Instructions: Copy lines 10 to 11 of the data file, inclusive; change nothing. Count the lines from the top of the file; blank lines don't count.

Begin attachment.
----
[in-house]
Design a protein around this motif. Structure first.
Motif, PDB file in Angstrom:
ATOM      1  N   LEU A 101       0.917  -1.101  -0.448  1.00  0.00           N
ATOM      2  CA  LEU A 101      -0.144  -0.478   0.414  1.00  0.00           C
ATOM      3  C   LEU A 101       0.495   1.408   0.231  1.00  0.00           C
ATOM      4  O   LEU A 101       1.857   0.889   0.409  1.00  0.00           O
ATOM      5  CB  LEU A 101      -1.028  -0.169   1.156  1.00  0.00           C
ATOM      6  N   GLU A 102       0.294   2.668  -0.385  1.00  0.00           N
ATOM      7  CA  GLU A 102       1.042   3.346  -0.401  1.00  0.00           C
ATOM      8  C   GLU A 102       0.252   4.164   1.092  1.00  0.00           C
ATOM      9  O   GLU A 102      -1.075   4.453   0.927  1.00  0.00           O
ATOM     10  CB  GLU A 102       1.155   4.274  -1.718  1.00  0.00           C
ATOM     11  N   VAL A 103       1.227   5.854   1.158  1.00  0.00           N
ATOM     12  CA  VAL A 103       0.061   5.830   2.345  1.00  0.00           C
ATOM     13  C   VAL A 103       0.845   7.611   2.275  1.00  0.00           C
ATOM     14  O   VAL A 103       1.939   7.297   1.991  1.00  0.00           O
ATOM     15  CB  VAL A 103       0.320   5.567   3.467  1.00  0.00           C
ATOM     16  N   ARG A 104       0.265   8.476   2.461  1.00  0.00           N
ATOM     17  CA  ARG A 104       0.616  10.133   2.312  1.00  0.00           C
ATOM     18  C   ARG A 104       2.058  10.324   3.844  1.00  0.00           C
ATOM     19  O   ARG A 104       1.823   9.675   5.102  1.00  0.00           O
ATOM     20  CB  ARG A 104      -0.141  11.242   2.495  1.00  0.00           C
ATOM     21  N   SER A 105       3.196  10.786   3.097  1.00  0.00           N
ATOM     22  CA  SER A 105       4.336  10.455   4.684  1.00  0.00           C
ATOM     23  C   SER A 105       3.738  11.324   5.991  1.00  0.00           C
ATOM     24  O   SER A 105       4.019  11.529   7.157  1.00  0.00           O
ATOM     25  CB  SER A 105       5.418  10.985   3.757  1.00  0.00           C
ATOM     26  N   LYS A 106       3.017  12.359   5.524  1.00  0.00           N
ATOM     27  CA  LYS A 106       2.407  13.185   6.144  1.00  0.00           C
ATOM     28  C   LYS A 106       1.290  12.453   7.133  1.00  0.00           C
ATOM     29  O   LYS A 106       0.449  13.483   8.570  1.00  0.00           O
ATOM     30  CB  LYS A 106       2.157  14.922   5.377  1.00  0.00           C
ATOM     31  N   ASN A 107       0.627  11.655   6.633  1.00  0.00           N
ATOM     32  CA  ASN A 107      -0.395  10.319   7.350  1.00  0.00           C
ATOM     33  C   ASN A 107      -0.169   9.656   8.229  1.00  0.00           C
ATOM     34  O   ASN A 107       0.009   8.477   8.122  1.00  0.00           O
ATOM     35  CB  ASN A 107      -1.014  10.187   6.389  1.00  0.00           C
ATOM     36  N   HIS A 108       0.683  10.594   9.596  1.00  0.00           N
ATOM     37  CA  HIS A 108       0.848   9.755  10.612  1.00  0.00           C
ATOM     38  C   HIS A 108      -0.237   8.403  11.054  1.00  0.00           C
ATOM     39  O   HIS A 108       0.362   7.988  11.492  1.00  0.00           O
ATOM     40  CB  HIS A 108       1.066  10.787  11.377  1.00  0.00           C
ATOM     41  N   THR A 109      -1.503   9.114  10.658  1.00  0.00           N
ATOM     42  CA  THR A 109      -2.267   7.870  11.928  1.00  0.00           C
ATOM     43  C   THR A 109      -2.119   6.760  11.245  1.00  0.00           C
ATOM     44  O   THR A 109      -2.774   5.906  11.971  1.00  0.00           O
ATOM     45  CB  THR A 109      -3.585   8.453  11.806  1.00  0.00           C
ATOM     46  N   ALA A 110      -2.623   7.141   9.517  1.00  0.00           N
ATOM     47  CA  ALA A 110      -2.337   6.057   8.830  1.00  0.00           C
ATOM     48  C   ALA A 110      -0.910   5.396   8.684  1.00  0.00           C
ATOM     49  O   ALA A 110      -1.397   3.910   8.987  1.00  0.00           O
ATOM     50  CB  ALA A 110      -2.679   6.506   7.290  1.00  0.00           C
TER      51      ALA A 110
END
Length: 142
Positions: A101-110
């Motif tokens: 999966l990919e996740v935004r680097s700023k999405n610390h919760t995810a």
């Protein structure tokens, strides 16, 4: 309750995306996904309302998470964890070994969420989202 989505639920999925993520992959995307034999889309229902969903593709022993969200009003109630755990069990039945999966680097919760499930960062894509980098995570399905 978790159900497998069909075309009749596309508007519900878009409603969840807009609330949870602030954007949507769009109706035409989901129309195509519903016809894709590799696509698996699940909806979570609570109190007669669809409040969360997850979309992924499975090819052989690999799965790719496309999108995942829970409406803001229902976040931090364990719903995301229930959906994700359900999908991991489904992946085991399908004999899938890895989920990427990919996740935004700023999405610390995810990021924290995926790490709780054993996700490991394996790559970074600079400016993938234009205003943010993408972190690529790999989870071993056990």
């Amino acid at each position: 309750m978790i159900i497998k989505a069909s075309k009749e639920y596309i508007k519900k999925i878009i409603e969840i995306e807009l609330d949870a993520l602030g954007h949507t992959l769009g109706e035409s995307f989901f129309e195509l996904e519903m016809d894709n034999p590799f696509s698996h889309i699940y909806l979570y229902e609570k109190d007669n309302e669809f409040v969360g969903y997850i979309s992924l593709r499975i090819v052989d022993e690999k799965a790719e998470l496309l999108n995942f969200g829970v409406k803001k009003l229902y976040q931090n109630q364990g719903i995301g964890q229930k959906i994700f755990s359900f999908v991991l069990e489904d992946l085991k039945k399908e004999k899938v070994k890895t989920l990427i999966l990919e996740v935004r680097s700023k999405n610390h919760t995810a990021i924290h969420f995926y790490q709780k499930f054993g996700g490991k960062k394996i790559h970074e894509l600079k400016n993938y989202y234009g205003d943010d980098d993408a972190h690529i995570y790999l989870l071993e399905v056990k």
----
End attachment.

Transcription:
ATOM      7  CA  GLU A 102       1.042   3.346  -0.401  1.00  0.00           C
ATOM      8  C   GLU A 102       0.252   4.164   1.092  1.00  0.00           C